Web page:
Masti Venkatesha Iyengar
|Maasthi Venkatesa Iyengar|
|Born||Mysore State, British India|
|Died||6 June 1986
Bangalore, Karnataka, India
|Pen name||Srinivasa, Maasti|
|Occupation||District Commissioner, professor, writer|
|Literary movement||Kannada literature Navodaya (New birth)Navodaya|
Maasthi Venkatesa Iyengar (6 June 1891 – 6 June 1986) was a well-known writer in Kannada language. He was the fourth among Kannada writers to be honored with the Jnanpith Award, the highest literary honor conferred in India. He was popularly referred to as Maasti Kannadada Aasti which means Maasti is Kannada's Treasure. He is most renowned for his short stories. He wrote under the pen name Srinivasa. He was honoured with the title Rajasevasakta by then Maharaja of Mysore Nalvadi Krishnaraja Wadeyar.
Early life and education
Maasti was born in 1891 at Hungenahalli in Kolar district of Karnataka in a Tamil language speaking Sri Vaishnavaite family. He spent his early childhood in Maasti village. He obtained a master's degree in English literature (Arts) in 1914 from Madras University. After joining the Indian Civil Service (Known as the Mysore Civil Service in the days of the Maharaja of Mysore), he held various positions of responsibility in different parts of Karnataka, rising to the rank of District Commissioner. After 26 years of service, he resigned in 1943, as a protest when he did not get the post equivalent to a Minister, which he deserved and a junior was promoted ahead of him. He wrote some pieces in English and then switched over to write in Kannada language. He used pen name Srinivasa to write short stories and novels in Kannada.
He published his first work Rangana Maduve in 1910 and his last work is Maatugara Ramanna (1985). His Kelavu Sanna Kategalu (Some Short Stories) was the first noted work in the modern Kannada literature. Maasti also crafted a number poems on various philosophic, aesthetic and social themes. He composed and translated several important plays. He was the editor of monthly journal Jivana (Life) from 1944 to 1965.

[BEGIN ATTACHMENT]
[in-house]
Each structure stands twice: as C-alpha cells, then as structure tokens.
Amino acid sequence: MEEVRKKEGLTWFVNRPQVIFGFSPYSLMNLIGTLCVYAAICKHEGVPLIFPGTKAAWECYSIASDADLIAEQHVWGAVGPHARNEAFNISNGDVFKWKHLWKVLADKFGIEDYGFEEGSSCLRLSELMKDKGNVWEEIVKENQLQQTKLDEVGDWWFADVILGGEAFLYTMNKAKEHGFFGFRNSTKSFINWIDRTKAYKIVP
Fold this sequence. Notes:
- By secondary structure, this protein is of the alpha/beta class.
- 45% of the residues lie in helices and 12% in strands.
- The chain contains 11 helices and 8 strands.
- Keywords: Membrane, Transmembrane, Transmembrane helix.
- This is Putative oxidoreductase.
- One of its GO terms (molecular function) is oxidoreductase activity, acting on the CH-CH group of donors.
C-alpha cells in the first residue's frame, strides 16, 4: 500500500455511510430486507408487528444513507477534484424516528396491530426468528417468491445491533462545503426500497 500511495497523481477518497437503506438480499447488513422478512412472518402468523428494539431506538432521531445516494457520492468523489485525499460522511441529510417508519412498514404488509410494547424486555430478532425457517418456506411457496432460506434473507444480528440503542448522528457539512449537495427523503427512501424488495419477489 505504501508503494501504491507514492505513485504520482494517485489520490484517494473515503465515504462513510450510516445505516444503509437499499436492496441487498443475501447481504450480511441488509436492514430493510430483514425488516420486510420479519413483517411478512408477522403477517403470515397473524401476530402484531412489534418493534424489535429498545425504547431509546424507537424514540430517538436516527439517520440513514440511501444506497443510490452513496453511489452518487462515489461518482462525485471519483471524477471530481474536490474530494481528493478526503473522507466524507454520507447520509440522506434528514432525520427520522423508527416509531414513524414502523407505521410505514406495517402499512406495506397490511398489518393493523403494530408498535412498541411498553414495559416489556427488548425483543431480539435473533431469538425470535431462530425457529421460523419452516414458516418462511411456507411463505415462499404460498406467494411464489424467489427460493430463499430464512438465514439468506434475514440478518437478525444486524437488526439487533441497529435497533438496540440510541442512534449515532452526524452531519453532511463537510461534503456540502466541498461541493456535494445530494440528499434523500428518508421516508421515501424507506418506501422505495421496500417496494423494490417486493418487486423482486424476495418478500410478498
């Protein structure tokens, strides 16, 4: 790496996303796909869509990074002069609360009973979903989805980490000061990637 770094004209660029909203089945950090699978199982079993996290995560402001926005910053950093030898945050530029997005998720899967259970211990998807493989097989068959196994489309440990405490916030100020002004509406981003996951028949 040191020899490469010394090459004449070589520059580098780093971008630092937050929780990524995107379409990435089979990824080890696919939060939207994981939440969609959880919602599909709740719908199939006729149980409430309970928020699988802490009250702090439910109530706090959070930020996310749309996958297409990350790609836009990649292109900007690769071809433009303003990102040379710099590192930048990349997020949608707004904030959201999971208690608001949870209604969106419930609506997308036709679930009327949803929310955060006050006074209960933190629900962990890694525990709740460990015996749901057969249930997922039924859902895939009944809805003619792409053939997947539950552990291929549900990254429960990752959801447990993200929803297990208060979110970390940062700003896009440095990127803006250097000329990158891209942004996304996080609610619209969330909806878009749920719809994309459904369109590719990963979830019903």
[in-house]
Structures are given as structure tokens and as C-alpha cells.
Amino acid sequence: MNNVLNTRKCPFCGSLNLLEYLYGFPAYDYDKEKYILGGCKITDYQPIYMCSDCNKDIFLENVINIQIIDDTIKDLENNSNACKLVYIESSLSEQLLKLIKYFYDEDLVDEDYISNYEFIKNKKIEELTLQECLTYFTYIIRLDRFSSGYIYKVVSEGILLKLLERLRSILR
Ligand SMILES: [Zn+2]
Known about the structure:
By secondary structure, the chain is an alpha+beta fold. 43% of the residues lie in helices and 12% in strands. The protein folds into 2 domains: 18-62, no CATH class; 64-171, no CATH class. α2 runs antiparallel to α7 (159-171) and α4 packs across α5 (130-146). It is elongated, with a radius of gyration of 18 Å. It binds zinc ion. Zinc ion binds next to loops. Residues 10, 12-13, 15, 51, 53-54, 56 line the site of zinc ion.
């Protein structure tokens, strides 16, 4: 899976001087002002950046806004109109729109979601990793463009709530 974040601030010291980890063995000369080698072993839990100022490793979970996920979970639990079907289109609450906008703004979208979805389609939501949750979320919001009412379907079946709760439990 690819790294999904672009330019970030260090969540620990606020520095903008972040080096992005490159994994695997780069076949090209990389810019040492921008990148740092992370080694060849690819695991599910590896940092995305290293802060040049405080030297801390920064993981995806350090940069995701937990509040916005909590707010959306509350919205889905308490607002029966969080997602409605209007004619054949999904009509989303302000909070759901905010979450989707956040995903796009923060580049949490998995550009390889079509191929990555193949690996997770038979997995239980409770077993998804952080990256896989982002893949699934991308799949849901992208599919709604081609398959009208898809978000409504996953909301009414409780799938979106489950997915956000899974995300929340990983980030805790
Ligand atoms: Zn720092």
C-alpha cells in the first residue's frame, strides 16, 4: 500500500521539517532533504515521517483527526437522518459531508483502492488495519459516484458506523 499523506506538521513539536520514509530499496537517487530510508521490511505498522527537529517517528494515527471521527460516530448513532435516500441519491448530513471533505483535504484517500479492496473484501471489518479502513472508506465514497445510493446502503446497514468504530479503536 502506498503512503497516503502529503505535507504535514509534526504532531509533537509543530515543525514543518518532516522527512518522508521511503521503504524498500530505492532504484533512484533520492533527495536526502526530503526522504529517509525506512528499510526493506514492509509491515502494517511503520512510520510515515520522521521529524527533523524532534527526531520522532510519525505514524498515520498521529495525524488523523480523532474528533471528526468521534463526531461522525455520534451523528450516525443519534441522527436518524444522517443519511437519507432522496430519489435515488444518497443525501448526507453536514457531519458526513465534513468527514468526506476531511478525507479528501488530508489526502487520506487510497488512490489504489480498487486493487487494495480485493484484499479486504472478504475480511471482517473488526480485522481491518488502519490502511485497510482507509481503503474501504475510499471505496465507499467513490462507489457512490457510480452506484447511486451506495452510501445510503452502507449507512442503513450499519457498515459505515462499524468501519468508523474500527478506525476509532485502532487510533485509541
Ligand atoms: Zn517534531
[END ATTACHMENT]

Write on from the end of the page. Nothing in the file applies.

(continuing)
A prolific writer, he wrote more than 123 books in Kannada and 17 in English, for over seventy years. He won the Jnanpith Award in 1983 for his novel Chikkavira Rajendra. The story was about the last Raja of Kodagu.
He died on his 95th birthday in 1986. Since 1993, an award in his name, "Masti Venkatesha Iyangar Award" is awarded to well-known writers of Karnataka. His house located in Basavanagudi area, Bangalore is converted as a museum and maintained by Masti Venkatesha Iyangar Jeevana Karyalaya Trust. His house located in Maasti village, Malur Taluk (Kolar District) is converted as library and maintained by Departments of Government of Karnataka. Masti Residential School was started in memory of Masti Venkatesha Iyangar during 2006–07, at Masti village, Malur Taluk by Government of Karnataka.
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- Shri Rama Pattabisheka (Coronation of Shri Ram)
- Chikkaveera Rajendra Historical Novel about the last king of Kodagu
- Channabasava Nayaka Historical Novel about the last king among Nayakas of Shimoga District.
Stories and Anthologies
- Kelavu Sanna Kathegalu (Some Short Stories)
- 100 Short stories in a number of volumes
- Bhattara Magalu
- Bhaava (Three Volumes)
- Subbanna (1928)
- Sheshamma (1976)
- Shanta (1923)
- Talikoti (1929)
- Kannadad Seve(1930)
- Arun (1924)
- Sankranti (1969)
- "Jnanapeeth Awards". Ekavi. Retrieved 31 October 2006.
- "Jnanpith Laureates Official listings". Jnanpith Website. Archived from the original on 13 October 2007.
- Ramachandra Sharama Ed., Masti Venkatesha Iyengar (2004). Masti. New Delhi: Katha. ISBN 9788187649502.
- "Man of letters". The Hindu. 1 October 2010. Retrieved 3 October 2013.
- "Masti Venkatesh Iyengar Award presented to Nisar Ahmed". The Hindu. 26 June 2006. Retrieved 3 October 2013.
- "Garbage doesn't spare even Masti's house". The Hindu. 29 November 2012. Retrieved 3 October 2013.
- "Jnanpith writer Masti's house made into a library". Deccan Herald. 16 October 2011. Retrieved 3 October 2013.
- "Masti school bereft of building, staff". Deccan Herald. 28 May 2010. Retrieved 3 October 2013.
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